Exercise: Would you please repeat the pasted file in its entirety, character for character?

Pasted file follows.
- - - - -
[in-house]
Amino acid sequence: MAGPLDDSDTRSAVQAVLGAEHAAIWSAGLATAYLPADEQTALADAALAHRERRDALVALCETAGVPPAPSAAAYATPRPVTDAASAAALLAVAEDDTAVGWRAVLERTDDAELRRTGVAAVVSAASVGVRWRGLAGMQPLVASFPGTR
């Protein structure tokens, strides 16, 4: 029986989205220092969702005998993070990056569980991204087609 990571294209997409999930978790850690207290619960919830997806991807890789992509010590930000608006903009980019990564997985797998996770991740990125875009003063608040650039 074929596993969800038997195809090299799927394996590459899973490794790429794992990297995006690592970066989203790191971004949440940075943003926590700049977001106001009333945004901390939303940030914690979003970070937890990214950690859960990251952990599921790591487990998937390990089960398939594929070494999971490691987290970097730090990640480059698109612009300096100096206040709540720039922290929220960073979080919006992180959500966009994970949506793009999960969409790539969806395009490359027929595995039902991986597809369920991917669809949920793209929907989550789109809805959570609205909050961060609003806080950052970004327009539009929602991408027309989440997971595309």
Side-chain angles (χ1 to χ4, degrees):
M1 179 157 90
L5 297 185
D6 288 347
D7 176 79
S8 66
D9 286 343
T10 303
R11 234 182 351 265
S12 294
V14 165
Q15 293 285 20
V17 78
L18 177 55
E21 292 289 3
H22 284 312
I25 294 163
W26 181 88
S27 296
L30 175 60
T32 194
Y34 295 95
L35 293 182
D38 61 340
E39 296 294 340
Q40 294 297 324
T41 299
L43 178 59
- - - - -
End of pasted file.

[in-house]
Amino acid sequence: MAGPLDDSDTRSAVQAVLGAEHAAIWSAGLATAYLPADEQTALADAALAHRERRDALVALCETAGVPPAPSAAAYATPRPVTDAASAAALLAVAEDDTAVGWRAVLERTDDAELRRTGVAAVVSAASVGVRWRGLAGMQPLVASFPGTR
């Protein structure tokens, strides 16, 4: 029986989205220092969702005998993070990056569980991204087609 990571294209997409999930978790850690207290619960919830997806991807890789992509010590930000608006903009980019990564997985797998996770991740990125875009003063608040650039 074929596993969800038997195809090299799927394996590459899973490794790429794992990297995006690592970066989203790191971004949440940075943003926590700049977001106001009333945004901390939303940030914690979003970070937890990214950690859960990251952990599921790591487990998937390990089960398939594929070494999971490691987290970097730090990640480059698109612009300096100096206040709540720039922290929220960073979080919006992180959500966009994970949506793009999960969409790539969806395009490359027929595995039902991986597809369920991917669809949920793209929907989550789109809805959570609205909050961060609003806080950052970004327009539009929602991408027309989440997971595309």
Side-chain angles (χ1 to χ4, degrees):
M1 179 157 90
L5 297 185
D6 288 347
D7 176 79
S8 66
D9 286 343
T10 303
R11 234 182 351 265
S12 294
V14 165
Q15 293 285 20
V17 78
L18 177 55
E21 292 289 3
H22 284 312
I25 294 163
W26 181 88
S27 296
L30 175 60
T32 194
Y34 295 95
L35 293 182
D38 61 340
E39 296 294 340
Q40 294 297 324
T41 299
L43 178 59